Your teacher will provide instruction on how to utilize these resources:
Students will probably have some class time left after the motivation. Using the A Mendel Seminar student esheet, tell students to go to Experiments in Plant Hybridization (1865), by Gregor Mendel and read the first section, Introductory Remarks, of the Mendel paper. (It should only take five minutes.) Then ask them the first question from the A Mendel Seminar: Teacher Sheet.
If sudents still have class time left, students can read the second section (ten minutes) and you can discuss the second discussion point from the same sheet.
Students will read the first half of the original text of Experiments in Plant Hybridization (1865), by Gregor Mendel and How to Prepare for a Seminar, for the next class in which a seminar will be held. These can be accessed from the student esheet. They will read from wherever you left off in class through section eight. You can either pass out copies of the paper, or send students online to read the full text.
Also, give students the MendelWeb: Flower Structure website, as a reference to use while reading. In Mendel's paper he uses flower "parts" to describe fertilization of the pea plants. Students can quickly glance at the diagram on this website to better understand what he is describing.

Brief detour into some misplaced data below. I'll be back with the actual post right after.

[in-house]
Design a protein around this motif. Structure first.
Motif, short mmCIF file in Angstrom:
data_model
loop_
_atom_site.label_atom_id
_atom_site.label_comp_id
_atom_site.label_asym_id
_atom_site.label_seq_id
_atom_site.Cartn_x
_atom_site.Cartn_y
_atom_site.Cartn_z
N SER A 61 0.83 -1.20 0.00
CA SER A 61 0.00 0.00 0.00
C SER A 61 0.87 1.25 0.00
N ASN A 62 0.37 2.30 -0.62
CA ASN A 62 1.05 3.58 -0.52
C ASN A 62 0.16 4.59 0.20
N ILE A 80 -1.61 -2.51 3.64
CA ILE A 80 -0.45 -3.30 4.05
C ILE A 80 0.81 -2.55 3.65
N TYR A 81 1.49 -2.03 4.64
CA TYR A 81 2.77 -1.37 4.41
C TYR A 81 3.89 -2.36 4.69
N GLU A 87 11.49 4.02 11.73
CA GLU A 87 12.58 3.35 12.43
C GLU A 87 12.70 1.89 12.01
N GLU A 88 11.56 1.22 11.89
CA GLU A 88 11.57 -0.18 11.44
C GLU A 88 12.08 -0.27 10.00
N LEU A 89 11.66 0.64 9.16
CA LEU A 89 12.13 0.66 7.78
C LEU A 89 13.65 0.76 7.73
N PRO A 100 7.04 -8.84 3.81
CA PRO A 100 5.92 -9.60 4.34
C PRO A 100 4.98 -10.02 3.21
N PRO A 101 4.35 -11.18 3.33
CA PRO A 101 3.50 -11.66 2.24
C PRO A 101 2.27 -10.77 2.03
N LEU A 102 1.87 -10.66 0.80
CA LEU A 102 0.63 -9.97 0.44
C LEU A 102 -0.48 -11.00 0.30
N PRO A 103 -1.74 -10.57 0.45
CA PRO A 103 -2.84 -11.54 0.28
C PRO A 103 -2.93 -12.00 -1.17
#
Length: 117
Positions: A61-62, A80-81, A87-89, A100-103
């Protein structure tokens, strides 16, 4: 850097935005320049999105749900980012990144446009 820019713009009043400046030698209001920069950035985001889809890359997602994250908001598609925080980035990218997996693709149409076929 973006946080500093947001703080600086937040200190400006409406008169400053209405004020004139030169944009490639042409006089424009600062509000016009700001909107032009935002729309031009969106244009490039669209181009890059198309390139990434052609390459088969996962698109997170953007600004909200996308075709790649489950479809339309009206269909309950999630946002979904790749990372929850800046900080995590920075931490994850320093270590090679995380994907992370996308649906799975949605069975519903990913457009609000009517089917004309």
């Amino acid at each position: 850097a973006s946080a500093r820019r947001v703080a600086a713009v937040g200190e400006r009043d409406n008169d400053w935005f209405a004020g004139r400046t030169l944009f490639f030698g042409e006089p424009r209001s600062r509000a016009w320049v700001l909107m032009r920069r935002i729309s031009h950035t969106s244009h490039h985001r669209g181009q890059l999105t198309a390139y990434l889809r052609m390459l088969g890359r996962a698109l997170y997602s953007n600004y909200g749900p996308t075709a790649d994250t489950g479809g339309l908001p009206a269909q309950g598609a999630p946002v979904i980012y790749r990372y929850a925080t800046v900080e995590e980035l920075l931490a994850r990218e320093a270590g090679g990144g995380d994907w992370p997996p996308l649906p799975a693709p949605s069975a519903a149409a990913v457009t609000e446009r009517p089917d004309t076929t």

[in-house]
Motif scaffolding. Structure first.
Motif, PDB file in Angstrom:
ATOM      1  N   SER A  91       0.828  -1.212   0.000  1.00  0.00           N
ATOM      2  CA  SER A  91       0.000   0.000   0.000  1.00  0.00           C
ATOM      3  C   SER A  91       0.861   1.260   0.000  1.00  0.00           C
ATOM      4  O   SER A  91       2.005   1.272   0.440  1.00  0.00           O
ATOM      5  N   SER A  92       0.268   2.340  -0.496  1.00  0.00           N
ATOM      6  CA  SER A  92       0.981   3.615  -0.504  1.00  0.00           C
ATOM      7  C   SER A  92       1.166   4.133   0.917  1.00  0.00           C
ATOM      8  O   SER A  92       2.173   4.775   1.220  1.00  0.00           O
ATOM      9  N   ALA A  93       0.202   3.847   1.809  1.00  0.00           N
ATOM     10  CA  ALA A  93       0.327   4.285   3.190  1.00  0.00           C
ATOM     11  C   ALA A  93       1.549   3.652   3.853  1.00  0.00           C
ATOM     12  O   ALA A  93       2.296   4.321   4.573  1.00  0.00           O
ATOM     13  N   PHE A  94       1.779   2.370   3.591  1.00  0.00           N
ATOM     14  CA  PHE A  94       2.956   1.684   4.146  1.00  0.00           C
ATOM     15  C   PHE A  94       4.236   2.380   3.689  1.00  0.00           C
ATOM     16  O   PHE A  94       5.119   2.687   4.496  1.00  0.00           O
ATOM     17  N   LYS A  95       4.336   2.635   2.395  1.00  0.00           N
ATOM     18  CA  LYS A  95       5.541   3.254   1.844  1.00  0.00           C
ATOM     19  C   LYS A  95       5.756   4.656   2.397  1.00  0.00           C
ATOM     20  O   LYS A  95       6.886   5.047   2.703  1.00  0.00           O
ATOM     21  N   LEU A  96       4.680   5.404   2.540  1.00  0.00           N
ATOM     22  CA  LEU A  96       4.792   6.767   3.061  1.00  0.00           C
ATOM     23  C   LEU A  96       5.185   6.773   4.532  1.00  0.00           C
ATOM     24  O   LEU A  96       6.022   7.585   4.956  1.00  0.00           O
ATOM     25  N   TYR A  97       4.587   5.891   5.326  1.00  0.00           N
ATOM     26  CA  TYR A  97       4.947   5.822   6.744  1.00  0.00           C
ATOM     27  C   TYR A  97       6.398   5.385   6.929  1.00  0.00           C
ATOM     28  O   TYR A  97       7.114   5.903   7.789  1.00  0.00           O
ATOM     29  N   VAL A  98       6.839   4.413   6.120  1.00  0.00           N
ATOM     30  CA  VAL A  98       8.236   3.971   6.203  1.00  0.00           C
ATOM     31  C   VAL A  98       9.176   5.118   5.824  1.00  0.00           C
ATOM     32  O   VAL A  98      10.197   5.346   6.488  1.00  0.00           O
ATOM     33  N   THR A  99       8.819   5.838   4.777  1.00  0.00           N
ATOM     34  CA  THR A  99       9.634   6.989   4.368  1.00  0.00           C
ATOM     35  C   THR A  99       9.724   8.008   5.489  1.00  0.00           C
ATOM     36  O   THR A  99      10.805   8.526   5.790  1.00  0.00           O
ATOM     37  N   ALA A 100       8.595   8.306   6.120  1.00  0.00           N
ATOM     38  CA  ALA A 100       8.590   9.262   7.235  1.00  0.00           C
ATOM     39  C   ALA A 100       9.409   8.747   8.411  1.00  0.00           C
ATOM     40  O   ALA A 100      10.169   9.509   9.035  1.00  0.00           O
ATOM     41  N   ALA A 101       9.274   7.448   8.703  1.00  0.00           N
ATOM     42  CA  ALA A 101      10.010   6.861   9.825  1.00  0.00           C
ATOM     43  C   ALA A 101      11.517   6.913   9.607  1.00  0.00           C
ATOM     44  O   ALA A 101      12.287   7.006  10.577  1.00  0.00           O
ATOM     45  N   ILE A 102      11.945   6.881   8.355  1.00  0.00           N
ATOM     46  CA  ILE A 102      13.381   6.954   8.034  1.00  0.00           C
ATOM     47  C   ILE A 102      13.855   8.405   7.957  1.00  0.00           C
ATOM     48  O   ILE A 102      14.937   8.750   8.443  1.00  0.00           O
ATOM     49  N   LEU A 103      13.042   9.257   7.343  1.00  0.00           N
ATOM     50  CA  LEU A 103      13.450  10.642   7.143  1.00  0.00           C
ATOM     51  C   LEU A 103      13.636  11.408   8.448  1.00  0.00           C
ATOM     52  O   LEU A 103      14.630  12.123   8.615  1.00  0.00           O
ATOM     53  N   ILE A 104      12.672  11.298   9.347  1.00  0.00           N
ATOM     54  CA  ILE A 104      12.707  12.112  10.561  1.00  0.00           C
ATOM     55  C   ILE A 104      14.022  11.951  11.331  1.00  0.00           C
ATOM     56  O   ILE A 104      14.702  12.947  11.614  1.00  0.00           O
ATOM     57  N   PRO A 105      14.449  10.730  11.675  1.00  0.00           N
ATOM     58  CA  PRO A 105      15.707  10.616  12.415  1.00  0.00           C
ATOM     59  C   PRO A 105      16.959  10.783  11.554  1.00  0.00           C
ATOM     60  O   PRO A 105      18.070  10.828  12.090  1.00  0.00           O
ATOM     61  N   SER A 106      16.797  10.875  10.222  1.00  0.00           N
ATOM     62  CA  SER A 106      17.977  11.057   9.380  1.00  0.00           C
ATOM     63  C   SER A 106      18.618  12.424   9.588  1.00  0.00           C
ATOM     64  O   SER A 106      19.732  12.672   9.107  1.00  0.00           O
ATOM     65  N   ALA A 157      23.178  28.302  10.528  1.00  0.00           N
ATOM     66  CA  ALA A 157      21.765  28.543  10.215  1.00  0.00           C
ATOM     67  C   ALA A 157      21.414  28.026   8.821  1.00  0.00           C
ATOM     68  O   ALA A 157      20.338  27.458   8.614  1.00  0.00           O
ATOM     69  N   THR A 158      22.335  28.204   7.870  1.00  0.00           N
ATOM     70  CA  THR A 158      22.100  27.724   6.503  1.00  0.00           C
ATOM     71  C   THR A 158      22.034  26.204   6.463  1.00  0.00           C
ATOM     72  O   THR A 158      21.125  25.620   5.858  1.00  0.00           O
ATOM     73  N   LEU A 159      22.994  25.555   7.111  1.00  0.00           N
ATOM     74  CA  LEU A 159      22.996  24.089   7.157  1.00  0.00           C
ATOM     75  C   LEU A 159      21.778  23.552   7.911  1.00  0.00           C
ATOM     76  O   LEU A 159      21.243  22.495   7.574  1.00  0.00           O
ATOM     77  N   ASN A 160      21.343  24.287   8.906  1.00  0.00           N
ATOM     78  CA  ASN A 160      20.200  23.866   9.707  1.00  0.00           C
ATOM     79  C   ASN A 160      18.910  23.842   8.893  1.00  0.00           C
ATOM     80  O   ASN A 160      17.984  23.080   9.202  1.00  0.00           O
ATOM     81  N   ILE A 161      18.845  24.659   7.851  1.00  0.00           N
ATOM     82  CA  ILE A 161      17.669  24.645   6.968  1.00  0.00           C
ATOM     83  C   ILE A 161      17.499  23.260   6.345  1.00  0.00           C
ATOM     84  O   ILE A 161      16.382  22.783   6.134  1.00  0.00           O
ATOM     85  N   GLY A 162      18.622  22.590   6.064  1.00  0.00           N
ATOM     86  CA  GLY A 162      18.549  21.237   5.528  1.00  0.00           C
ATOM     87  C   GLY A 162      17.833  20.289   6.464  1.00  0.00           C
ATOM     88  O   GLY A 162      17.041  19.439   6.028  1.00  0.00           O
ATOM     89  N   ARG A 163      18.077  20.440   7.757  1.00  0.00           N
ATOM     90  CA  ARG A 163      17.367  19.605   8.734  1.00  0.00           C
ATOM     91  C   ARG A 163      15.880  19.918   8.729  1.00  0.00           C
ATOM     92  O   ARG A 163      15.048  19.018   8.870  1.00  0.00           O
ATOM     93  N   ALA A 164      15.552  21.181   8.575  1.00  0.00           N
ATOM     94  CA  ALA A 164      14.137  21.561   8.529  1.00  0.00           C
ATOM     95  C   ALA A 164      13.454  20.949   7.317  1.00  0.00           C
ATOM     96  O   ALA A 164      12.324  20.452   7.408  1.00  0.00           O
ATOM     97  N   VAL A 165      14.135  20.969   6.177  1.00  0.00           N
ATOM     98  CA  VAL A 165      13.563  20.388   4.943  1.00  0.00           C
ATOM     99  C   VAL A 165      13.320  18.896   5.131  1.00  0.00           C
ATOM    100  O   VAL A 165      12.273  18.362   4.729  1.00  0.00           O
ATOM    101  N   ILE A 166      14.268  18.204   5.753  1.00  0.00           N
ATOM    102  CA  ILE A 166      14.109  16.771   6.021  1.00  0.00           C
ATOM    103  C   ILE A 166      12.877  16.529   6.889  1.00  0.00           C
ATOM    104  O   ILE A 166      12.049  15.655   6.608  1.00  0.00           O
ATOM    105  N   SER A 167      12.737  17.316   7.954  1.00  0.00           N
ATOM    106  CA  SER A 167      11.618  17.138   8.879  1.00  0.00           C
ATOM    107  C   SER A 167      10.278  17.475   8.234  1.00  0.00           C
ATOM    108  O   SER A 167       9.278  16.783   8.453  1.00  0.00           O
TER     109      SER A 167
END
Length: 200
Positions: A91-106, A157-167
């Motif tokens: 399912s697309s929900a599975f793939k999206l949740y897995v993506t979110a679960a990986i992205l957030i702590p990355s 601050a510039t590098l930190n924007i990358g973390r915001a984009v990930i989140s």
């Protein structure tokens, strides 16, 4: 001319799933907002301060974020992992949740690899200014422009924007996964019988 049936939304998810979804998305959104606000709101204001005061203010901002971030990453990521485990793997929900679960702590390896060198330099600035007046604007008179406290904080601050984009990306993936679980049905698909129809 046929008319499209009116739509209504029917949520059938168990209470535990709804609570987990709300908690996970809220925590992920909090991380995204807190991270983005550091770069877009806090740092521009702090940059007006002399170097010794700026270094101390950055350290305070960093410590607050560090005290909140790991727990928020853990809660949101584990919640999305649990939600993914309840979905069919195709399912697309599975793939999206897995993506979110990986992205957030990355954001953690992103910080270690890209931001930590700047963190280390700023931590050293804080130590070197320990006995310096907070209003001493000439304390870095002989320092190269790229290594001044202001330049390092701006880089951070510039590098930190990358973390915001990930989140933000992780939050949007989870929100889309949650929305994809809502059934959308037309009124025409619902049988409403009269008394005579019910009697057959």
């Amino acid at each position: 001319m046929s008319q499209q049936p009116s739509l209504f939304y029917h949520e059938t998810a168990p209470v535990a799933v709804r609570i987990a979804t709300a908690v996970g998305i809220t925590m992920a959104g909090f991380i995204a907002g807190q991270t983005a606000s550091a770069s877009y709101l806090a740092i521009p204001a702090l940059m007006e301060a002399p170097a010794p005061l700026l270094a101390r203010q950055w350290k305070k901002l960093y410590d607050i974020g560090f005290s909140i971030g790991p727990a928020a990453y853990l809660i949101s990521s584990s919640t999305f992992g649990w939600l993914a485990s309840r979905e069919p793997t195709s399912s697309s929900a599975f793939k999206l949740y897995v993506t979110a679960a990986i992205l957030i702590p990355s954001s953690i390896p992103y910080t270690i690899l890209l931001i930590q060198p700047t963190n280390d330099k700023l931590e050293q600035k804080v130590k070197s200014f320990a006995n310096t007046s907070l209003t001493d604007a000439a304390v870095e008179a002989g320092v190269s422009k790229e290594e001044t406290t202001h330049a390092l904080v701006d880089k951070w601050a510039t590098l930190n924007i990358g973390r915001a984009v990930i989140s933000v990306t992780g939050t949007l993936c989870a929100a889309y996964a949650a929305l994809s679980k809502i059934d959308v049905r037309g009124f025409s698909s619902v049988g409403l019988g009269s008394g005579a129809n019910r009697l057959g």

Class Two (and possibly Three)
A seminar discussion: Have students put their desks in a circle, and tell them that they will all discuss the assignment together. You may want to start the discussion, or ask a student to start the discussion. Tell students that they will be graded on participation. One thing you may want to keep in mind as the teacher is that you are a facilitator in this class, not a "leader." You should guide and keep a balance in the discussion. At the same time, if one of your students is on to something, you can ask them to elaborate, or ask if any other students have thoughts on the topic.
Start the discussion with ideas from the A Mendel Seminar: Teacher Sheet and use that sheet as you see fit.
Adaptation Recommendations: Though students should be ready at these grade levels to discuss things learned in class, you will have to decide if this format is appropriate for your class. One way to adapt the lesson for a group of students who are not ready to maintain a working discussion is to use A Mendel Seminar: Teacher Sheet literally. Ask the questions on the sheet and receive answers from students. You may be able to springboard from that approach to the seminar class format.
Assign students to read the rest of the paper for homework. You may opt to have a seminar discussion of the rest of the paper, or not. Either way, it will be beneficial for them to have read the entire paper for the summary and evaluation exercise.